Two bloggers I correspond with recently sent me their cookbooks, and while I have a stack of books sent by various publishers and three pressing projects on my desk, I have to mention them because I’m anti-cookbook.  There are too many of them.  They’re redundant.  Nothing is new.  They give me a headache.  Who really cares about the next new ingredient? I don’t know why the cookbook business continues to thrive. Honestly.
    That said, I’m delighted each time I pick up and peruse Heidi Swanson’s Super Natural Cooking and David Lebovitz’s The Perfect Scoop (will address the latter in the next day or so).  First, Heidi’s blog is the best looking food blog around that I know of; it’s also well focused and her voice is appealing and clear. And the book is the same way.  A soft cover and rich page stock with Heidi’s lush photography, the book feels like her blog.  The all-veggie, hyper co-op, whole grain Birkenstock recipes make sense and are simple.  I, an all but rabid carnivore, love this book BECAUSE it’s vegetarian.  For someone who views a day without pork belly as a missed opportunity, this covers a spectrum of ingredients I wouldn’t ordinarily concern myself with, hearty takes on grains, vegetables, soups, salads with good informed descriptions of items like millet.  Millet, for godsake.  Heidi could actually get me to eat millet.
    I made her wheat berries recipe and now I’ve got a  fetish for them.  I don’t know if you could get me to make her toasted wheat germ soup—ugh!—but I’ll be trying more of her ideas using beefy grains and cereals.
    I went to Prune last week one of my favorites in nyc (roasted marrow bones, the signature handkerchief, braised rabbit, some pork shoulder, some fried artichoke, sooo good) with two friends and Sarah, a fine novelist and avid cook, said she’d bought Heidi’s book and loved it.  She’d done the wheat berries too! Bought three pounds! (Very nicely pared with an orange vinaigette, recipe below). What is it about wheat berries?  They’re like meat.  Here’s what Sarah had to say about the book, which she knew about because she’s a fan of the blog:

I bought it because I thought it would be a good way to sort of slowly start getting healthier food into our diet, and I liked the way she organized it, and all the educational and basic information combined with simple yet sophisticated recipes. Other than those encyclopedic health food cookbooks, this one sort of leads you through and gives you a way to start thinking about changing things.  I also like it because it’s not too radical and it’s not too scary….meaning, she doesn’t say things to make you hate yourself if you eat meat or don’t always buy organic vegetables. It’s more of an expanding of your options, and I can see that if you do that, of course you eat less of the other stuff.

Here are those wheat berries, click below for the recipe._mg_7049_wheatberries_tiny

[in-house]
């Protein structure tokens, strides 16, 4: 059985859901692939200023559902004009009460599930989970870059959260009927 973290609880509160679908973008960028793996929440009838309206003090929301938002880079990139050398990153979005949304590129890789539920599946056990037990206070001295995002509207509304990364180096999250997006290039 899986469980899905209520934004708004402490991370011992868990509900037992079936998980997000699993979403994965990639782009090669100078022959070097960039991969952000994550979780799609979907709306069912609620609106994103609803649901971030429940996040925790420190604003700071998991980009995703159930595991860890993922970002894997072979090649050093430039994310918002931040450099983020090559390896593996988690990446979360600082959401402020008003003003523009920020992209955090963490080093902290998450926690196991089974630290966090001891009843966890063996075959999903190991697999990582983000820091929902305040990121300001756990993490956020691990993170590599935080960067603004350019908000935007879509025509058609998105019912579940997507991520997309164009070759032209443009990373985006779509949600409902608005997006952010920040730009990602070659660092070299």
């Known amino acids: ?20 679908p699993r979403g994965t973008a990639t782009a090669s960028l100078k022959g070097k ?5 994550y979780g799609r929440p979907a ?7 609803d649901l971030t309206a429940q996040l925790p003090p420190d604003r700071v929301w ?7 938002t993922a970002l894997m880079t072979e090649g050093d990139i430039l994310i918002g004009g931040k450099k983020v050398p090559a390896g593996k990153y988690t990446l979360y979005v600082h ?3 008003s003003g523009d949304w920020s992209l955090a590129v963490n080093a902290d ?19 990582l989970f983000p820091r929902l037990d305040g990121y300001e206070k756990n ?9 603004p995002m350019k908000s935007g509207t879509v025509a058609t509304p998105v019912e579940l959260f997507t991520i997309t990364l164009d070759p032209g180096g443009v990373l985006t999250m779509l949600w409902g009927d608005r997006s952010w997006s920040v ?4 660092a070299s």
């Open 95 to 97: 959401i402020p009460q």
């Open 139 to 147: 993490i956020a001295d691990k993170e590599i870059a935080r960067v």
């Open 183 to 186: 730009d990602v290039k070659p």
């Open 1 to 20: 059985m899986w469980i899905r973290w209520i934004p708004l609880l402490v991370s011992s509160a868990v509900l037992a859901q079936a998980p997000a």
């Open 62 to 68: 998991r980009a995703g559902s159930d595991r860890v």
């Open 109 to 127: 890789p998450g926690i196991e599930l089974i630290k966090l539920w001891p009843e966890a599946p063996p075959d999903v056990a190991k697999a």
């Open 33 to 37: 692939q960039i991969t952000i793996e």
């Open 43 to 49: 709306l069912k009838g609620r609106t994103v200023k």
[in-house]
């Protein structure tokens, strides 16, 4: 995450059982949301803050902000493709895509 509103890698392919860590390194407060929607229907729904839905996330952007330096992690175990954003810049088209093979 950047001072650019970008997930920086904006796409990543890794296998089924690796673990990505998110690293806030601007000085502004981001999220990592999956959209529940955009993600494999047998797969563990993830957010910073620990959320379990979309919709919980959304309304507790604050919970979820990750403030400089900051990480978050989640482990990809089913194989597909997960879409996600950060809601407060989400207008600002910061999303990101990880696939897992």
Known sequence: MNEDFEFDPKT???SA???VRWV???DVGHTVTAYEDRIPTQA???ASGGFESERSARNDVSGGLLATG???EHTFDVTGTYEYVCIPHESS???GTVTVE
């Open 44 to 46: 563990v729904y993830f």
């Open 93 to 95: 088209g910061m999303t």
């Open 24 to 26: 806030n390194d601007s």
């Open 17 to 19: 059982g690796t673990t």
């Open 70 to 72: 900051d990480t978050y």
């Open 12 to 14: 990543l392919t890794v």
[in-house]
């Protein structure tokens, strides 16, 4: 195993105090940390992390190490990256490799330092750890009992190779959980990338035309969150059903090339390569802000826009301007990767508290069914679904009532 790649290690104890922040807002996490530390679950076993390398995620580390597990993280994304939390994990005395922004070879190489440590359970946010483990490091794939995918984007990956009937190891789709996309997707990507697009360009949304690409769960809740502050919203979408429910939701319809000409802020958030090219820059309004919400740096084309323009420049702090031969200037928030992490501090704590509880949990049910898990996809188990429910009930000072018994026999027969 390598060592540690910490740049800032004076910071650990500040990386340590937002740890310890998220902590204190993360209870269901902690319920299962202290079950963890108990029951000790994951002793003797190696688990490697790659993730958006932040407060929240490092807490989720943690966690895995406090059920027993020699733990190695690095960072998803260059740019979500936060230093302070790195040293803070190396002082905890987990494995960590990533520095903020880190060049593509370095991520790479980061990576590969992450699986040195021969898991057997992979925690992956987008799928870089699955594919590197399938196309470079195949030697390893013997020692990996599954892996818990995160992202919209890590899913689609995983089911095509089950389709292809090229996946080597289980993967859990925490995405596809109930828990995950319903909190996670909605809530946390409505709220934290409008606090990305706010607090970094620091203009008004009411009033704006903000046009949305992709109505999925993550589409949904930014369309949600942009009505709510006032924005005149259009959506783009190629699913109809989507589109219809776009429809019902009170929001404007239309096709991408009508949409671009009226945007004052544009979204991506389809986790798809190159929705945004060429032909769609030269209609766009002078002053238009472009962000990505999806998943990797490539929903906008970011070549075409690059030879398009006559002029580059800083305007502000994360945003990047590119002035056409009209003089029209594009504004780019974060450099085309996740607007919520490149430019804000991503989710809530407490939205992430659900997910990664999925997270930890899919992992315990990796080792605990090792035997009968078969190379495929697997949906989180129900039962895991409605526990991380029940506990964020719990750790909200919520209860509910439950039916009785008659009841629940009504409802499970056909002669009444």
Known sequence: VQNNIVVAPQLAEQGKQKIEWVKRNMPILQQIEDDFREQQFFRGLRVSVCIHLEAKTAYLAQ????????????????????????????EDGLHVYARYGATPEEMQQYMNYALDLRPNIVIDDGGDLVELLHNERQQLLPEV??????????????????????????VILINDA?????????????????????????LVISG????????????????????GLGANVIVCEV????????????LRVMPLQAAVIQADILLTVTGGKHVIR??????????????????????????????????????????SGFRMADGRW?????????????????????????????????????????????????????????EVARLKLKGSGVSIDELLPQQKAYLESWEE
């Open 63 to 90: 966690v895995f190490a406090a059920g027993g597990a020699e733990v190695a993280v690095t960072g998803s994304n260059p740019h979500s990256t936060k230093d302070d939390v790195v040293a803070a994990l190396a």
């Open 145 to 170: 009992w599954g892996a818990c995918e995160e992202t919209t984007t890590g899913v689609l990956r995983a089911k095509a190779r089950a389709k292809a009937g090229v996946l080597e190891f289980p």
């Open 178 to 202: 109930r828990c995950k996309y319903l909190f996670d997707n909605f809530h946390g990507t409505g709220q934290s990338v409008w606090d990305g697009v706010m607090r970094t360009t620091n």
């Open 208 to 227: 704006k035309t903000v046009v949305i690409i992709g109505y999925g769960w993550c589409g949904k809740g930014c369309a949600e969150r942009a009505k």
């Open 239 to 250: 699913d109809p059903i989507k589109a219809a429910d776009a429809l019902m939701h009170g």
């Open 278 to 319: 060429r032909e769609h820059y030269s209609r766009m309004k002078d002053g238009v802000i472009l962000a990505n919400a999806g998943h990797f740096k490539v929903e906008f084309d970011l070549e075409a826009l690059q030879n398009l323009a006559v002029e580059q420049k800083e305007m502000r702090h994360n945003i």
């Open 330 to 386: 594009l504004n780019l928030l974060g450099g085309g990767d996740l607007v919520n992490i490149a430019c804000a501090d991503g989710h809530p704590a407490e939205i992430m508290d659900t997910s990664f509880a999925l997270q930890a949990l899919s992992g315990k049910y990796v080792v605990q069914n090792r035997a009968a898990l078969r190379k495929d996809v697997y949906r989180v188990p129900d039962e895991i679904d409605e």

Wheatberry Salad with Citrus, Pine Nuts, Feta, and Spinach
Serves 4 to 6

Plump wheat berries shimmering with an orange-flecked citrus dressing makes this a lively winter salad, but don’t hesitate to alter it to accommodate the changing seasons. For autumn, try a cranberry vinaigrette and toasted walnuts. Basil dressing with fresh heirloom tomatoes and corn would be well suited to summer. In spring, toss the wheat berries with a bit of lemon juice and olive oil, blanched asparagus segments, favas, and shelled peas. Play off the shape of the wheat berries with different serving ideas: On top of crostini or crackers, you have a twist on caviar; or wrap some up in a leaf of lettuce and you’ve got a new take on the spring roll.

2 cups soft wheat berries, rinsed
6 cups water
2 teaspoons fine-grain sea salt, plus more as needed


Grated zest and juice of 1 orange
1 tablespoon freshly squeezed lemon juice
1 tablespoon minced shallot
1/2 cup extra-virgin olive oil
Fine-grain sea salt and freshly ground black pepper

3 generous handfuls spinach leaves, stemmed and well rinsed
1 cup toasted pine nuts
1/2 cup crumbled feta cheese

Combine the wheat berries, water, and 2 teaspoons salt in a large saucepan over medium-high heat. Bring to a boil, lower the heat, and simmer, covered, until plump and chewy, about an hour or so. The berries should stay al dente, and the only way to be sure they’re done is to taste a few. Drain and season to taste with more salt.

To make the dressing, combine the orange zest and juice, lemon juice, and shallot. Whisk in the olive oil and season with a few pinches of salt and a few grinds of pepper.

Toss the hot wheat berries with the spinach, pine nuts, citrus dressing, then top with the feta. Taste for seasoning and sprinkle with a bit more salt if needed.